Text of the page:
Due to wine being classed as a “wasting chattel”, it is treated from a tax point of view very similarly to food and other products which degrade over time. There are a number of tax benefits, however we cannot provide much advice on this ourselves, as the tax world is always changing. If you need advice on tax, you should always speak to a tax specialist, before taking a wine broker’s word.

What is “En-Primeur” Wine?

All that buying wine en-primeur means is that you are buying the wine before it has been bottled and released to the market for consumption. Buying wine en-primeur typically provides the best return on investment. Buying wine en-primeur can be considered much like futures on the stock market. Effectively, you agree to a price with the intention of purchasing the wine at a set date in the future. En-primeur wine can sometimes be referred to as buying wine futures, because of this similarity.

Typically most wines are available for bottling and consumption 3 years after their original harvest. So if you were to buy wine en primeur in 2010, for example, in the summer of 2011, you’d have to wait another 2 years for your wine to be available in their bottled form. These wine futures can still be traded in the mean time, and prices typically fluctuate before the wine is bottled, due to variations in supply and demand in the en-primeur market. If you work with the correct merchant, they can recommend you the very best en-primeur wine futures, which give the highest expected annual returns.

What is driving up wine prices?

Demand for fine wine is now very much global, where as prior to the earliy 1990′s, fine wine demand was typically only really coming from western europe and the United States. Recently as developing countries are becoming wealthier, and their markets begin to mature, other countries are importing vast quantities of wine as both an investment vehicle, and for consumption. One of the leaders in this movement is China.

Prices on some of the top vintages are increasing by around 40% year-on-year due to massive demand coming out of Asia. These gains are set to continue over the coming years, as no slow-down in demand is currently anticipated.

How do I find a legitimate wine merchant?

Unfortunately, there have been a few con artists involved in the industry who have made poor recommendations to people, not gone through with their wine orders and otherwise cost investors substantial sums of money. This is much the same as in every investment market – where there are big returns and money to be made, unfortunately there are always people looking to make a quick buck and take your hard earned cash.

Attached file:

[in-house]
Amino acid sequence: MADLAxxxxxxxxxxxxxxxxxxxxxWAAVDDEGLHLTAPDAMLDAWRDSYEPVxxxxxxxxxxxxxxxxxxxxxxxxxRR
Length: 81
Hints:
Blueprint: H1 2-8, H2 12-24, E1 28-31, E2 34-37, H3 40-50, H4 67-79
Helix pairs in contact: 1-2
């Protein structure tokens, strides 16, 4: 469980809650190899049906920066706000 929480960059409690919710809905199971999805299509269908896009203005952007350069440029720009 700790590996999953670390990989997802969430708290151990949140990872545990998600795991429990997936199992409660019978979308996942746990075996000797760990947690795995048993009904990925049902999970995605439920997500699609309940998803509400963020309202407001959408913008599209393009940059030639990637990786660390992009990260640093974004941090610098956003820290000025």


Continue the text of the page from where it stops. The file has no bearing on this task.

This small minority of merchants however does not reflect the market as a whole, and most investors report having very good experiences with their investments. We only recommend the best wines and wine merchants to visitors. We thoroughly vet any company in which we recommend to our visitors, ensure that they have a fault-free trading record and check to ensure that they own contracts for the wine that they say they do, before passing on our recommendations to you. You can be confident that the information provided on our website is reliable, and that we would never attempt to put you in touch with an illegitimate wine merchant.

Interested in learning more about investing in fine wine?

We have a vast array of knowledge spread throughout this website, which we are always adding to as new fine wines become available, news is released and investment strategies continually improve. If you wish to learn more about how you can actually buy wine as an investment and begin to profit yourself, subscribe to our mailing list by filling in the form seen at the top right of this page. We occasionally send emails updating you on the wine investment market, and can also help you to find a reputable fine wine merchant to deal with. You can unsubscribe with one click, at any time. We will never share your personal information with a third party, without your prior permission.